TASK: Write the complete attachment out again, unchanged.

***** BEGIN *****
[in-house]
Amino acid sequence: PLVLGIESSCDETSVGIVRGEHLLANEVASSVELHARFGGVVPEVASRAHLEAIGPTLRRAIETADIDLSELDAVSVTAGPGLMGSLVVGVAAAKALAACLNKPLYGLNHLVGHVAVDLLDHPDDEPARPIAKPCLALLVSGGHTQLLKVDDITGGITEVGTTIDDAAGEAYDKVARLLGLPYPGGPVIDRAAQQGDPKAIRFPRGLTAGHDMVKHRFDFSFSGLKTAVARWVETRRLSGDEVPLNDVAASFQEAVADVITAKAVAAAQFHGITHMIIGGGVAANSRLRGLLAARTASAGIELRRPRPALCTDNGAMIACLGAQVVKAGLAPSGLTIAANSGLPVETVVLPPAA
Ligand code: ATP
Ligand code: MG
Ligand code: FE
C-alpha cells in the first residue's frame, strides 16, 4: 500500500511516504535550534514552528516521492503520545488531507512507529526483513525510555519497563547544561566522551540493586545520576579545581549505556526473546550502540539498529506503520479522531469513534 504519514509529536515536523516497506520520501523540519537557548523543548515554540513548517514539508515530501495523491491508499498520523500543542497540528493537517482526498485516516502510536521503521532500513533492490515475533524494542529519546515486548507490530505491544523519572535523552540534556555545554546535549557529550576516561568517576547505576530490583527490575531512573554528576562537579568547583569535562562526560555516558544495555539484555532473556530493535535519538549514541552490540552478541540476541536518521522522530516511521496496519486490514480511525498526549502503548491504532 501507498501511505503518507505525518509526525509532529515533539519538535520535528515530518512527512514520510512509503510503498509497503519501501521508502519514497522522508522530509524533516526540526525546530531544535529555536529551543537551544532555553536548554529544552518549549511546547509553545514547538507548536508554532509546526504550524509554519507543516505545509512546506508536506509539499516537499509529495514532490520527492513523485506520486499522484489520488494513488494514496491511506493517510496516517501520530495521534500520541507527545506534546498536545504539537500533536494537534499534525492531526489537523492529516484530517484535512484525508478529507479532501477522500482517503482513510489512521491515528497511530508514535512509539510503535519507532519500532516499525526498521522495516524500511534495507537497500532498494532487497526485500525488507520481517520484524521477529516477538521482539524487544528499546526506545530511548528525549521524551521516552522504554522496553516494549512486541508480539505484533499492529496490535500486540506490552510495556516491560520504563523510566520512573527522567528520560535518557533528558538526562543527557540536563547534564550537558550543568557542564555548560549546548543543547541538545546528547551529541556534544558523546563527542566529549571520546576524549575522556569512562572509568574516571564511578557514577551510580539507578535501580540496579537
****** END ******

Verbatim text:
[in-house]
Amino acid sequence: PLVLGIESSCDETSVGIVRGEHLLANEVASSVELHARFGGVVPEVASRAHLEAIGPTLRRAIETADIDLSELDAVSVTAGPGLMGSLVVGVAAAKALAACLNKPLYGLNHLVGHVAVDLLDHPDDEPARPIAKPCLALLVSGGHTQLLKVDDITGGITEVGTTIDDAAGEAYDKVARLLGLPYPGGPVIDRAAQQGDPKAIRFPRGLTAGHDMVKHRFDFSFSGLKTAVARWVETRRLSGDEVPLNDVAASFQEAVADVITAKAVAAAQFHGITHMIIGGGVAANSRLRGLLAARTASAGIELRRPRPALCTDNGAMIACLGAQVVKAGLAPSGLTIAANSGLPVETVVLPPAA
Ligand code: ATP
Ligand code: MG
Ligand code: FE
C-alpha cells in the first residue's frame, strides 16, 4: 500500500511516504535550534514552528516521492503520545488531507512507529526483513525510555519497563547544561566522551540493586545520576579545581549505556526473546550502540539498529506503520479522531469513534 504519514509529536515536523516497506520520501523540519537557548523543548515554540513548517514539508515530501495523491491508499498520523500543542497540528493537517482526498485516516502510536521503521532500513533492490515475533524494542529519546515486548507490530505491544523519572535523552540534556555545554546535549557529550576516561568517576547505576530490583527490575531512573554528576562537579568547583569535562562526560555516558544495555539484555532473556530493535535519538549514541552490540552478541540476541536518521522522530516511521496496519486490514480511525498526549502503548491504532 501507498501511505503518507505525518509526525509532529515533539519538535520535528515530518512527512514520510512509503510503498509497503519501501521508502519514497522522508522530509524533516526540526525546530531544535529555536529551543537551544532555553536548554529544552518549549511546547509553545514547538507548536508554532509546526504550524509554519507543516505545509512546506508536506509539499516537499509529495514532490520527492513523485506520486499522484489520488494513488494514496491511506493517510496516517501520530495521534500520541507527545506534546498536545504539537500533536494537534499534525492531526489537523492529516484530517484535512484525508478529507479532501477522500482517503482513510489512521491515528497511530508514535512509539510503535519507532519500532516499525526498521522495516524500511534495507537497500532498494532487497526485500525488507520481517520484524521477529516477538521482539524487544528499546526506545530511548528525549521524551521516552522504554522496553516494549512486541508480539505484533499492529496490535500486540506490552510495556516491560520504563523510566520512573527522567528520560535518557533528558538526562543527557540536563547534564550537558550543568557542564555548560549546548543543547541538545546528547551529541556534544558523546563527542566529549571520546576524549575522556569512562572509568574516571564511578557514577551510580539507578535501580540496579537